Pulse of the market

I am taking reference to the Tamil Nadu Market for this post. Although I am not sure how many readers of this blog belong to this part of the world. But I believe there is a fundamental lesson waiting to be learnt from some very astute marketers.

For many, these guys might look like the morons of the marketing world. To be honest, I have felt that way a few years back. And then it dawned into me that there is a very deep sense in what these guys do. Especially, after I happened to interact with some of the consumers. I must admit however that this is not based on any structured research. But Prof. Malay Chaudhuri (who taught me Market Research in campus) once told, “The best sample size for a research sometimes is 1”. I tend to agree with him.

When was the last time you bought salt? Do you remember what brand you bought? Can you remember the last occasion when you bought ‘rock salt’ or ‘powdered salt’ which didn’t carry a brand name and was packed in newspaper by your friendly neighborhood Kirana store?

Anil, Lion, Idhayam, Jeyam, Sakthi Masala, Gold Winner – You may not have heard these names outside Tamil Nadu. But within the state, these are names which the woman of the house swears by. These are brands, which I have learnt to admire lately for their ingenuity. A simple comparison between these two concepts shows that these marketers have borrowed generously from the Salt phenomenon and have executed seamlessly to taste success (pun intended).

Packaging started playing an important part in both these phenomena. Having the words ‘A trusted name’ would make a lot of difference in reaching out to large number of people. With packaging playing an integral part of brand building, they didn’t let go of their South Indian-ness and added a lot of color, brightness and attractiveness to it.

Once common salt became a ‘branded item’ and ceased to be a ‘kirana store’ buy, these brands started innovating concepts with respect to Salt. For instance, my salt is ‘whiter’ than the competition, OR one pinch of my salt is better than a spoonful of the other and so on.

Not the kind to be left behind, these smart marketers found once concept after another. I believe there is a ‘Z’ Technology to clean Tur Dal. Wow! It sure is something like the PUF which was in every refrigerator, but was made famous by Godrej.

There is a Urad Dal brand which claims that Idlys made with this brand is more ‘fuller’ than the others. I am yet to figure out how, but the brands are just hitting the right nerves.

There is another ingenious attempt. The brand is Lion Honey. Lion is a brand under which the company peddles ‘dates’, ‘date syrup’, honey, oats and many other food items. He was the first to attempt positioning Honey as a substitute for Sugar. The brand had their TVCs running which had honey replaced in almost every sugar usage including honey being mixed with milk, during cooking etc. This was also tried by a larger brand at a later date – Dabur – featuring Big B & MSD.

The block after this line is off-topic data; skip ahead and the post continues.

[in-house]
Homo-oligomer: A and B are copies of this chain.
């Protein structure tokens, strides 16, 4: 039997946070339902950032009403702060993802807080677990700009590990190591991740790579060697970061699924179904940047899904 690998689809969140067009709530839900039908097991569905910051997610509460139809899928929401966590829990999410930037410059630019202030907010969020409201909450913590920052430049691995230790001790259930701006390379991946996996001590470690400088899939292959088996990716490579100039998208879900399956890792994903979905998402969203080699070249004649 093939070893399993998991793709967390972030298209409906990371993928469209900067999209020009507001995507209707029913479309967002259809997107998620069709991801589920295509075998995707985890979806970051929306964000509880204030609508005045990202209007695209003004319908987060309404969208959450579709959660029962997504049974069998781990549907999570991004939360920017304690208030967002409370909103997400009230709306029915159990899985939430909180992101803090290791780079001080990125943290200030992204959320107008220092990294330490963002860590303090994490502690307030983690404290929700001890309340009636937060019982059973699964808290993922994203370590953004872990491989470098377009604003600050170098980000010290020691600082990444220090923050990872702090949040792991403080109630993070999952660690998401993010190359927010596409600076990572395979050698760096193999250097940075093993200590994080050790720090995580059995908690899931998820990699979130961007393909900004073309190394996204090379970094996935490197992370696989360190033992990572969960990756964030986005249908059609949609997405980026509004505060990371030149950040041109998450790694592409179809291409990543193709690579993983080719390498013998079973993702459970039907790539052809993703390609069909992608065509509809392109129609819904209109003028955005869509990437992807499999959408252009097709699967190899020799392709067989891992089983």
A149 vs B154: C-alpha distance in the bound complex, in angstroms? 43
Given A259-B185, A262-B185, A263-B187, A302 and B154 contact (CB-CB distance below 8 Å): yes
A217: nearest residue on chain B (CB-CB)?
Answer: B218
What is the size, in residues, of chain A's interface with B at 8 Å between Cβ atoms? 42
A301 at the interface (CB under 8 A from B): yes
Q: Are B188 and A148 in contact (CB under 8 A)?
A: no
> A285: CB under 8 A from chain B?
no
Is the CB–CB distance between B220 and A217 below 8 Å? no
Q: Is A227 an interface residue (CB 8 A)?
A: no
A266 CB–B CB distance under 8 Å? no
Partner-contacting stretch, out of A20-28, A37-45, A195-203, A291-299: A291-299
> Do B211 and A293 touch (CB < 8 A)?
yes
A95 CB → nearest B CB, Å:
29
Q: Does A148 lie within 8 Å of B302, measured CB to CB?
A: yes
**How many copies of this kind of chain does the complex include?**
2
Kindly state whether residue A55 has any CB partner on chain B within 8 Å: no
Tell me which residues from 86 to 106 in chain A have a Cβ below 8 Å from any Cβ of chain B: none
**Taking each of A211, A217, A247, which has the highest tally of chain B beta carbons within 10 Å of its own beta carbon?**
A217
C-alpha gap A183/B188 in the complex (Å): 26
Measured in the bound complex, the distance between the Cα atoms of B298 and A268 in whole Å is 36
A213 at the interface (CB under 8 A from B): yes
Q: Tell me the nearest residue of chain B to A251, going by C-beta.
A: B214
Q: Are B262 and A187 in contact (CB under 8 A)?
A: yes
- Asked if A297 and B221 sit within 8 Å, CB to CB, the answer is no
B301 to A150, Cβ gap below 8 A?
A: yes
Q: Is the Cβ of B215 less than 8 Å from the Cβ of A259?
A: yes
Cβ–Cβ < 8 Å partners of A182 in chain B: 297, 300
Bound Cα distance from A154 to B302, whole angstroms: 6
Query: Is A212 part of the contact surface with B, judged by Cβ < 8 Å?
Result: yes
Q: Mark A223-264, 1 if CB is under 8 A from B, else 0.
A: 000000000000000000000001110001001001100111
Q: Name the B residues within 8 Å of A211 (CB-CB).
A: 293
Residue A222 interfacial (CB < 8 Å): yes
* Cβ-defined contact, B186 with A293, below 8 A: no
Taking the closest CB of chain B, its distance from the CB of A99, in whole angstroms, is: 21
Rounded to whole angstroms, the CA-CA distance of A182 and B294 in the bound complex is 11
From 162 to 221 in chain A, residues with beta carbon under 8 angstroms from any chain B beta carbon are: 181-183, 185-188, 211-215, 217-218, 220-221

These brands have grown multi-fold that they can afford large advertising budgets. Today, almost all these brands feature celebrities (read film stars) and have well produced TVCs backed by a very impressive on-air presence.

Branding of essential commodities such as sugar, salt, pulses, spices etc, does the same job as branding any other product, say, T-shirts. It takes the pain out of buying. The consumer gets to choose amongst the many brands available and is able to make the purchase with a confidence that the product would be free of malicious content, adulteration etc.

Branding commodities help in achieving a straight line supply chain, thus making availability easy and the pricing affordable. By adding more value to the product (not just as a brand) but in say nutritional value much as iodized salt did to the salt industry, health is certainly a platform that the consumers would benefit on.

And moving up in the chain, branding helps create higher value for these products. This ensures that the manufacturer and the farmers who actually cultivate these items are benefited immensely.

As a consumer I have always been hit by their communication every time I get in front of the idiot box (especially with my mother around). And when I do look at it from a Marketers’ perspective, things fall in place.

  • Branding essential commodities may just be a category starter
  • Branding essential commodities adds its own value to the consumer, manufacturer, supplier and the economy alike.
  • It is absolutely fine to copy a strategy as said by the legendary Sam Walton. Just be sure that the execution is better. Or at least, ensure that the execution appeals to the sensibilities of your target audience.

So when you enjoy your meal the next time (especially the South Indian meal), you can rest assured that a marketer has touched your life and your tummy :).

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